This is old news, I know, but I hadn't learned the details till today. And I'm filled with revulsion for my country in general and the Rethuglicans in particular. And the Demo-lie-down-and-dies should have stopped it after the fact—so they're just as guilty of betraying the Constitution as these three bandits.
From Mel Martinez' biography at Wikipedia:
Despite an absence of a quorum, the Senate approved The Palm Sunday Compromise, formally known as the Act for the relief of the parents of Theresa Marie Schiavo (S. 686 CPS), in the early hours of March 20, 2005, to allow the case of Terri Schiavo to be moved into a federal court. The bill passed unanimously by voice vote and no formal record of the vote was made. Bill Frist (R-TN), Rick Santorum (R-PA), and Mel Martínez (R-FL), the only Senators present, voted for the bill with the remaining 97 Senators not present.
The act was strongly criticized by many on both sides of the political divide for the following reasons.
* The law applied to only one individual. Comparisons were drawn with bills of attainder, which are specifically prohibited by the United States Constitution. While some saw this as a legally flawed analysis since bills of attainder take away individual rights rather than bestow them, the rights of Michael Schiavo, as Terri's guardian, to make decisions on her behalf were stripped away.
* The law was a violation of the separation of powers. Many argued that Congress had exceeded its powers by substituting its judgment for that of the courts and directing the courts on how to proceed. This argument was addressed by Judge Stanley Birch in a highly critical concurrence with the judgment of the United States Court of Appeals for the Eleventh Circuit, given on March 30, 2005.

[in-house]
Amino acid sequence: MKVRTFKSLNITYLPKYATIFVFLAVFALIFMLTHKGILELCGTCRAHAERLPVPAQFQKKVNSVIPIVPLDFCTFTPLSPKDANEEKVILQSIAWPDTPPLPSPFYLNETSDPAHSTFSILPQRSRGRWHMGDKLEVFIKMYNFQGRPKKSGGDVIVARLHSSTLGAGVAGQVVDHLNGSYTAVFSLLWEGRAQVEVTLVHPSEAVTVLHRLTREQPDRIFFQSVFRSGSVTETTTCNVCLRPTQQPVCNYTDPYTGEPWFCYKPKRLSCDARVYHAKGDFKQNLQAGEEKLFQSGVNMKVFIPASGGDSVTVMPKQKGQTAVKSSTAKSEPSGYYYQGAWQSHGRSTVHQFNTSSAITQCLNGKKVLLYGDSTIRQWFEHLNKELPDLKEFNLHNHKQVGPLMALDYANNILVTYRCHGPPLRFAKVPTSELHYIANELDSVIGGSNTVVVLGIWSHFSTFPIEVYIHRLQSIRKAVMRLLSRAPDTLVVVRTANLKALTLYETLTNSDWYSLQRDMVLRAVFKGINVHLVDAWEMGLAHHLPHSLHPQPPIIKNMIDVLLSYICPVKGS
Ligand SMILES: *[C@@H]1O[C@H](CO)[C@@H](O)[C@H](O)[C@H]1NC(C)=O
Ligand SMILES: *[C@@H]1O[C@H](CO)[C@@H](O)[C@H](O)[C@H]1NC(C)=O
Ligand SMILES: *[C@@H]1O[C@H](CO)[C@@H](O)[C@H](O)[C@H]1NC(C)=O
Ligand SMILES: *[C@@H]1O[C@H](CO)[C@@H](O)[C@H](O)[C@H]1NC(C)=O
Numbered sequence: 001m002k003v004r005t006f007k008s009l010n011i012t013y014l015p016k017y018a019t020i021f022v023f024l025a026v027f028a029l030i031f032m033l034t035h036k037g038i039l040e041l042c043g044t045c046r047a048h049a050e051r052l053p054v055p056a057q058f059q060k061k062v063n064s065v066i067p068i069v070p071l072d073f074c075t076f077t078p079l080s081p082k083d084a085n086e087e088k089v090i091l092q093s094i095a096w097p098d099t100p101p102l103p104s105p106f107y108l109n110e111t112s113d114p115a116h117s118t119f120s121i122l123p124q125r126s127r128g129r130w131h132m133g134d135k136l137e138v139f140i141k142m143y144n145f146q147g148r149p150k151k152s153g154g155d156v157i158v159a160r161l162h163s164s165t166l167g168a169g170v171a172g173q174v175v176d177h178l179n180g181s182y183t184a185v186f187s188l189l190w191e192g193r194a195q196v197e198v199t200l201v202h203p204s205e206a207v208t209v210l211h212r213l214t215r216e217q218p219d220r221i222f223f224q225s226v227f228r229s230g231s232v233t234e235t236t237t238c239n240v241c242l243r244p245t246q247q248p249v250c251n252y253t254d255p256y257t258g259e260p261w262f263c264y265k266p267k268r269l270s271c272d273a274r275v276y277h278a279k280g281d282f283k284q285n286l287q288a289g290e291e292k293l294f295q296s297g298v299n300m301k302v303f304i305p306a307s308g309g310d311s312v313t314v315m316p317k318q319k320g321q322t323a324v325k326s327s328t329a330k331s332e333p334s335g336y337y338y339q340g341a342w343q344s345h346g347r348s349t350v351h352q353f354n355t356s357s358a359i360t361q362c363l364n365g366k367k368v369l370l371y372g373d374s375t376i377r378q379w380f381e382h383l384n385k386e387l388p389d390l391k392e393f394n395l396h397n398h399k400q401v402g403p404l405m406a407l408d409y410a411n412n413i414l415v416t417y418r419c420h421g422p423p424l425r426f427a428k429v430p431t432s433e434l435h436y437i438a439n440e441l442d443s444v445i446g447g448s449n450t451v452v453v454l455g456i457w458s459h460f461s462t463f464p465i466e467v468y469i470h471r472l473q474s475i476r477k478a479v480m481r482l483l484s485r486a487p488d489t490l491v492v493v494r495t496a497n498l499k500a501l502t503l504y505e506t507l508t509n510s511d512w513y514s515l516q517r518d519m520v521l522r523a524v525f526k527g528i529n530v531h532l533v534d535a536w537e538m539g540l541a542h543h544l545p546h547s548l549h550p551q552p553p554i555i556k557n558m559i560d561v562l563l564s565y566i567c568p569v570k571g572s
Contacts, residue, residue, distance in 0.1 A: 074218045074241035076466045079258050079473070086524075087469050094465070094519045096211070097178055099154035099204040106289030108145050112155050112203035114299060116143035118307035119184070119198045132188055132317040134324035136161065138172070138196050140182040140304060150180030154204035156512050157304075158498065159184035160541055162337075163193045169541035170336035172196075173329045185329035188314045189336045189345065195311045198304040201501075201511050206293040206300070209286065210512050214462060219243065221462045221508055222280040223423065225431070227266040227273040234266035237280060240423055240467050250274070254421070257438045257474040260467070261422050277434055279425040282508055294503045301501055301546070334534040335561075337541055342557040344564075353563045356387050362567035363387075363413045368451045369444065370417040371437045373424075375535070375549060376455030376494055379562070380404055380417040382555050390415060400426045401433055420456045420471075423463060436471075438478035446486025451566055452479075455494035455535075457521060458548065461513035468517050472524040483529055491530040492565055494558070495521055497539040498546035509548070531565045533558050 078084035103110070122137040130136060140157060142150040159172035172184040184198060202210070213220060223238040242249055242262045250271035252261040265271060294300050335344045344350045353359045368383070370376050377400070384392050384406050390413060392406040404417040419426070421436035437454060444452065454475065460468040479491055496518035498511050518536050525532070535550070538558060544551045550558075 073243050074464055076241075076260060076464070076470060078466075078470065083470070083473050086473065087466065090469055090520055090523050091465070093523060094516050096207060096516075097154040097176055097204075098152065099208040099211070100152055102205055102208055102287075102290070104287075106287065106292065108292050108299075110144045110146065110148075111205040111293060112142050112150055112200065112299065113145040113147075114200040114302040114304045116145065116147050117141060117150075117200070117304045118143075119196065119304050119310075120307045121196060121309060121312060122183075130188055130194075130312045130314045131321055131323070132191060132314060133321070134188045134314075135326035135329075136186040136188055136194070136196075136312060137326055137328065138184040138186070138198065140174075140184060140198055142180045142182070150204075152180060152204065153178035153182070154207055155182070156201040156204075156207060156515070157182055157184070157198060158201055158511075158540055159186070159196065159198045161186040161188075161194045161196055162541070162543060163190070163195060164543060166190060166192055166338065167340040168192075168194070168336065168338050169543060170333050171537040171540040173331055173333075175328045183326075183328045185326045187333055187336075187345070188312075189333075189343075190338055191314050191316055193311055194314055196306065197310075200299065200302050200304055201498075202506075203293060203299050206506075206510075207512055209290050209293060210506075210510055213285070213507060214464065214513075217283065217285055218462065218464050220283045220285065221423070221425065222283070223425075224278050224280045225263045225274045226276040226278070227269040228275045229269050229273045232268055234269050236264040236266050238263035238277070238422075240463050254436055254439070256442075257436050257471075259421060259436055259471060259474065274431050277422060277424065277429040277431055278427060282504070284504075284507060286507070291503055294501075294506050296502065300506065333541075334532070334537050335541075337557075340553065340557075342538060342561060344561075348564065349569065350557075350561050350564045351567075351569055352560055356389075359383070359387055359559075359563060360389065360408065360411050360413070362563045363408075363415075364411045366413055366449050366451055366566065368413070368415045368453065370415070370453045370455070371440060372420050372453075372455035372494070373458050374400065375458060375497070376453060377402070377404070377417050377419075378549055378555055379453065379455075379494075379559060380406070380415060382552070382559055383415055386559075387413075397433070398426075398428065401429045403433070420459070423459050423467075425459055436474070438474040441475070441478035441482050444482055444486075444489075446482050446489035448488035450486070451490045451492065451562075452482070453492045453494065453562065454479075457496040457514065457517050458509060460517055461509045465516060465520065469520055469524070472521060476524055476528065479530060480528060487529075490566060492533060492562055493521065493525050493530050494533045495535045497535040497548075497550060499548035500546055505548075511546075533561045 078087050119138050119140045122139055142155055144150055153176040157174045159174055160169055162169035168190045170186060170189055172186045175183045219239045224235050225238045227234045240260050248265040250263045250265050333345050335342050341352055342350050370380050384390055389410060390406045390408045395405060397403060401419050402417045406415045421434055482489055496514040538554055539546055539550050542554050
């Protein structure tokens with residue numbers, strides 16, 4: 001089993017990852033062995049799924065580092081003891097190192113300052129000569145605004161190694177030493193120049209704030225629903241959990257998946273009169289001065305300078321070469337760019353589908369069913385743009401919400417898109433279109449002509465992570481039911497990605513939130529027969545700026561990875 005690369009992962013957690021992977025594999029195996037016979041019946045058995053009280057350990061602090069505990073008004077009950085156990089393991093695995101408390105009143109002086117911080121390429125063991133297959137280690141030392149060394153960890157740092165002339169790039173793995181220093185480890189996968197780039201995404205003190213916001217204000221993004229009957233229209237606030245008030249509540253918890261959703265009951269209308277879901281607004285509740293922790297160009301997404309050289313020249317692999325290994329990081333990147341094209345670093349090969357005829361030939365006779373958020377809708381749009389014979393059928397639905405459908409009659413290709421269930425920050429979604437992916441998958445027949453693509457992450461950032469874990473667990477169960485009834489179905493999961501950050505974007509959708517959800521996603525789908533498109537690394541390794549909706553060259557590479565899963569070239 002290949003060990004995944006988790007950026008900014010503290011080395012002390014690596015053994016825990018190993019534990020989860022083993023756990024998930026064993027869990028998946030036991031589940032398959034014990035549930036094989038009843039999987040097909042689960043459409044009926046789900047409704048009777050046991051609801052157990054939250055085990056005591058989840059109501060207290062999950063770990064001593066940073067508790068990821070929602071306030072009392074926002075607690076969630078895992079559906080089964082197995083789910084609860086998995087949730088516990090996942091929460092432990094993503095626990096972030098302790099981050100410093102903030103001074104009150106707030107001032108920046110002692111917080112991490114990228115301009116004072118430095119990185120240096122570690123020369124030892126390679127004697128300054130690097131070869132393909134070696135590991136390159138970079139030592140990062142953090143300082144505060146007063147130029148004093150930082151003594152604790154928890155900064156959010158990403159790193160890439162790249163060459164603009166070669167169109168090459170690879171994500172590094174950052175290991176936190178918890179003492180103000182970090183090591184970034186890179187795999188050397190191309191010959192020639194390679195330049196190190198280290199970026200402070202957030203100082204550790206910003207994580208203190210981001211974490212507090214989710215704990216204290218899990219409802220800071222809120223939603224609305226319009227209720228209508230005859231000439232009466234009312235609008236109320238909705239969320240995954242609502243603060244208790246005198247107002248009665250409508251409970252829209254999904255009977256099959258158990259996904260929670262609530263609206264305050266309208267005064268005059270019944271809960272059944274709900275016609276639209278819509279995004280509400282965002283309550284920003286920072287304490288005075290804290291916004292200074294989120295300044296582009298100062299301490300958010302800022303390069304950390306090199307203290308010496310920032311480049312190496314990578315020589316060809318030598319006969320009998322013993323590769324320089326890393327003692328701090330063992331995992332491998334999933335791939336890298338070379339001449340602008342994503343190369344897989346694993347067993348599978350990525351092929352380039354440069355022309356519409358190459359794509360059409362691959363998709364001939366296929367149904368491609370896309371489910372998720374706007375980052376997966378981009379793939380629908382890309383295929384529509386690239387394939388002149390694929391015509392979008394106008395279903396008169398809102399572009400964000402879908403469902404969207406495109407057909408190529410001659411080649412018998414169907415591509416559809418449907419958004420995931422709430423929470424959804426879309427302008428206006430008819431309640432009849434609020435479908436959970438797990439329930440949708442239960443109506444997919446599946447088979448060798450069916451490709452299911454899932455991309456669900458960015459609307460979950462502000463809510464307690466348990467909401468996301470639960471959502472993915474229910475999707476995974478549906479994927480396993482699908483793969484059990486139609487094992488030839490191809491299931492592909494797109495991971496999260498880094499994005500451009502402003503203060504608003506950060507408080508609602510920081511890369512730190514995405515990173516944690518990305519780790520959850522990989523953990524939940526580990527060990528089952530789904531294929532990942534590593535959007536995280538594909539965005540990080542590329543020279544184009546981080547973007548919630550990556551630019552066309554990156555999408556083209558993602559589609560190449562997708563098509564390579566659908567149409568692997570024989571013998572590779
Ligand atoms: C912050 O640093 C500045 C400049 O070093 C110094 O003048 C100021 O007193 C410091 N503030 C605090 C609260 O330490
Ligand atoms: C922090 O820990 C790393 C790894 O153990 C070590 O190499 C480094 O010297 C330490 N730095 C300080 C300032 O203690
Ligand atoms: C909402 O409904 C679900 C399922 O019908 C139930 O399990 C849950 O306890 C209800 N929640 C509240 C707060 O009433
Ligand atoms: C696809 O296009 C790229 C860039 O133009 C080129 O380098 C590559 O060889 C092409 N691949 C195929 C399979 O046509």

* The law failed to create any substantive rights. The law enacted by Congress obliged the federal courts only to review the rulings of the Florida state courts to determine whether procedural due process had been afforded. However, there was no serious argument that the Florida courts had violated any constitutionally mandated procedural requirements. Nineteen different Florida state court judges, at various times, considered the requests on appeal in six state appellate courts.
As in the state courts, all of the Schindlers' federal petitions on behalf of Mrs. Schiavo and appeals were denied, and the U.S. Supreme Court declined to grant certiorari – effectively ending the Schindler family legal options.
At the same time as the above law-aimed-at-one-person was passed, the so-called Sciavo memo surfaced, causing a political firestorm. The memo was written by Brian Darling, the legal counsel to Florida Republican senator Mel Martinez. It suggested the Schiavo case offered "a great political issue" that would appeal to the party's base [core supporters] and could be used against Senator Bill Nelson, a Democrat from Florida, because he had refused to sponsor the bill. [Nelson won re-election in 2006, btw. So much for the best laid plans of mice and lice.]
No one bothered to suggest that 3 men out of a body of 100 ramming a 'law' through was improper? Hello?!?
At least their plan to keep the agonies of the family going failed. The federal court agreed with the state courts. The circus ended and Terri was allowed to die quietly—at last.
The only good thing I can find to say about Martinez is that he pulled a Palin. He has cut-and-run a year and a half before his term is up.
He had said shortly after taking office he planned to serve only one term.
From here it looks as if he took on the job for just the amount of time he needed to pick up the perks the Senate hands out so generously. He now has a lifetime pension and life-long health care—both paid for by you and me. It's a good gig if you can get it.
So long, Mel. Good riddance. I hope your successor treats Florida better than you have—but I'm not holding my breath.